It is incredible to imagine the Ice Age megafauna here in California, existing in such large numbers. Humans are everywhere now and as much as I value our existence, I feel the absence of those glorious animals as I journey back down the coast. There are no pronghorn antelopes frolicking in the grass (though one species of pronghorn does still exist in North America), no mammoths grazing, no lions lounging under a tree, waiting for dusk. Maybe it is because I have spent time in Africa, where modern relatives of those mammals still live in a landscape that is in many ways quite similar to this one. Or maybe I just like to think about what it would be like to encounter a saber-toothed cat. Something fantastic is missing here.

My route up and now back down the coast on The Amtrak Surfliner is popular with good reason, despite the absence of Ice Age megafauna, but I think we've established that my perception on this issue is a bit out of the mainstream. The train takes you along the Pacific coast, often right up to the water's edge. On a clear day, which I am most fortunate to have, given the recent wet weather in SoCal, it is stunning. The only minor impediments to the eye are the oil tankers occasionally dotting the horizon. Beyond the tankers, and for a long stretch of the ride, are massive islands. I never knew there were islands off the Pacific coast. These remind me of the islands of Lake Turkana in Kenya.

Increasingly, every place I go reminds me of someplace I've been and ultimately they all mesh together in my mind, which could explain my strange déjà vu on Monday evening. I was walking from the bus stop to a small market on Venice Blvd to pick up a few items in order to cook dinner for my gracious hosts, when I suddenly felt that I'd been there before, or somewhere like it. Though I could not place the source of the feeling, it seemed to be from a long time ago. I enjoyed the vague emotional recall. I wonder if someday, when I am old and senile I will subconsciously mix all of my travels together. Maybe I will condense them into one outrageous yarn, much to the delight of small children and strangers.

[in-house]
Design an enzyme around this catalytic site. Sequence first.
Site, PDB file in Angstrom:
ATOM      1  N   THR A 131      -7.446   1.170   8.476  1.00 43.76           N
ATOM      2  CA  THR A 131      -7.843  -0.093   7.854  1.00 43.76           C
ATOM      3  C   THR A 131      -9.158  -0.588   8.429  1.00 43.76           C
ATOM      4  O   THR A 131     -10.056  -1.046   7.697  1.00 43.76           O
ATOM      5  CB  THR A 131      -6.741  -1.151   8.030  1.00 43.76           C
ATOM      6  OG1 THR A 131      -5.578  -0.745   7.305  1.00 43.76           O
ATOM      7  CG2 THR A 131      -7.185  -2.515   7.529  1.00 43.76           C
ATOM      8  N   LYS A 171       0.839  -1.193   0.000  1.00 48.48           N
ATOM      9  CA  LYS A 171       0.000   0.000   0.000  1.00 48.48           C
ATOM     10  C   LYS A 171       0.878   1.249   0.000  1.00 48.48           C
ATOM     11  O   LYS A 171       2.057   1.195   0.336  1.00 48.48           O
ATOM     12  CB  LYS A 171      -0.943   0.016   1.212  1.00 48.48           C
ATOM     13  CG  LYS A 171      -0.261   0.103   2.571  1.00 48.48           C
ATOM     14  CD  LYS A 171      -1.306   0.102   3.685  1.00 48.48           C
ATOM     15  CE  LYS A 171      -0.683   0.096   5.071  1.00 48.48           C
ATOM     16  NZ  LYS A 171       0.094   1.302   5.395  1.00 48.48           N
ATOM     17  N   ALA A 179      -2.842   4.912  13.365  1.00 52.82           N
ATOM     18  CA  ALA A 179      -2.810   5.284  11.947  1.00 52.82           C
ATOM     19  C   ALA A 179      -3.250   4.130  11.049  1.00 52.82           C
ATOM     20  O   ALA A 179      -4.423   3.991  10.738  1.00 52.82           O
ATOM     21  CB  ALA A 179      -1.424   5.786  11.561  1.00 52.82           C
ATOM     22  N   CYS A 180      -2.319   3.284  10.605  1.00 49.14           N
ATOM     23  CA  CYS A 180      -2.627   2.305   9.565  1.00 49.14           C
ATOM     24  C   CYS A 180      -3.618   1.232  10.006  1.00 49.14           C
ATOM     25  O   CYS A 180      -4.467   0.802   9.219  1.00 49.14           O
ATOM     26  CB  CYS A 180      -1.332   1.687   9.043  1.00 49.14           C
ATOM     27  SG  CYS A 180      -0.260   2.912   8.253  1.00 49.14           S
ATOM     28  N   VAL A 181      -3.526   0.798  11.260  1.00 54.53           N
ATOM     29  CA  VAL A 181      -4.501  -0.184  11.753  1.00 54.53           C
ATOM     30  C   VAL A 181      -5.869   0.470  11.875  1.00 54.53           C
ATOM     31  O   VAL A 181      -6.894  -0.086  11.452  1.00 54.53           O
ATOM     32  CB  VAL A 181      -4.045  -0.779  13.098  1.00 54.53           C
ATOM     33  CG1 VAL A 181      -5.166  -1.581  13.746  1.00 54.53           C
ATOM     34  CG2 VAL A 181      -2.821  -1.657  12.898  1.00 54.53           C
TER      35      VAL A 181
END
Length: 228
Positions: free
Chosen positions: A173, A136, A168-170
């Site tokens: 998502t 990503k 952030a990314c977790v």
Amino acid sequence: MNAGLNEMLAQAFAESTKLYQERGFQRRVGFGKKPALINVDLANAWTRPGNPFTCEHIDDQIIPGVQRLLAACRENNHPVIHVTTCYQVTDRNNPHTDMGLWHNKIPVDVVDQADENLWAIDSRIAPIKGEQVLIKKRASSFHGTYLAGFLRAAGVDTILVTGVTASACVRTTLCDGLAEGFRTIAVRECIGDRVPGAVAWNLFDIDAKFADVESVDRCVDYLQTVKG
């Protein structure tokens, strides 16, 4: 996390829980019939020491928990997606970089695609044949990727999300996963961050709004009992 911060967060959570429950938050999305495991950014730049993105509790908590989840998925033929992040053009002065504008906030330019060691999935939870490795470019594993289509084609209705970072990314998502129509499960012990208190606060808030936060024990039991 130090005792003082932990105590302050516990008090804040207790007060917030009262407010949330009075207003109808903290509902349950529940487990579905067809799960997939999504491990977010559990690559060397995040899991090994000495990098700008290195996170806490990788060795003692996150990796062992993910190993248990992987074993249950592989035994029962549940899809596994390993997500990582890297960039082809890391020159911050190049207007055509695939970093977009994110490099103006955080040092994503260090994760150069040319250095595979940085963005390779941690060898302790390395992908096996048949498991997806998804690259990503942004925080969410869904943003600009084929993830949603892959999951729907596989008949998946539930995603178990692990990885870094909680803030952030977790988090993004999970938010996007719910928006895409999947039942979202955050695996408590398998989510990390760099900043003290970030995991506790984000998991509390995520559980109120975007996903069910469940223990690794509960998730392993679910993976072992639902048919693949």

Currently I am heading back to L.A. for my last evening before returning home. My trip to visit Jay was short but worth every moment of amazing food, breath-taking vistas and good conversation. His family lives near San Luis Obispo in a small town called Morro Bay. We lunched at a little Mexican spot called Mi Casa, which has excellent chips and fresh salsa, then drove out to an area south of town where we left the car behind and gradually hiked out to the beach. We wandered along the trail far above the water, watching waves crash dramatically against rocks down below, taking in the sweet scent of wild sage along the way. Eventually we climbed down the step-like shale to a small patch of beach filled with smooth stones, mollusk shells, purple algae, and even the rare abalone. I made a small collection to bring home and marveled at the surfer who came in from the ocean wearing a helmet. Anyone who would brave those waves and sharp rocks must be intimately familiar with the tides and their underwater landscape.

We made our way back to town just before sunset and headed out to Morro Rock to watch the last few minutes of daylight recede. Morro Rock is a giant formation that is slowly crumbling. Small boulders litter the ground and rock climbing is strictly forbidden, though of course someone makes a go of it every now and then. I snapped far too many sunset photos and got excited every time the waves crashed against the rocks. It is remarkable that something as formless as water can exert such force. I doubt I would ever tire of watching it happen were I to live in a place like that.

For dinner we ventured back to San Luis Obispo. We ate at a restaurant called Big Sky Café where I enjoyed the onion soup with golden raisins. Think French onion soup without the cheese and bread, but with sweet soft raisins and a few croutons for added heartiness. It was exquisite. After a big meal and a hot cup of roobois tea, I slept well. I am sorry that I did not get a chance to thank Jay's parents for their hospitality, but the entire excursion, train ride included, was a wonderful way to spend 24 hours. I did indeed enjoy the view.

Monday, January 03, 2011

The Wackness That is L.A.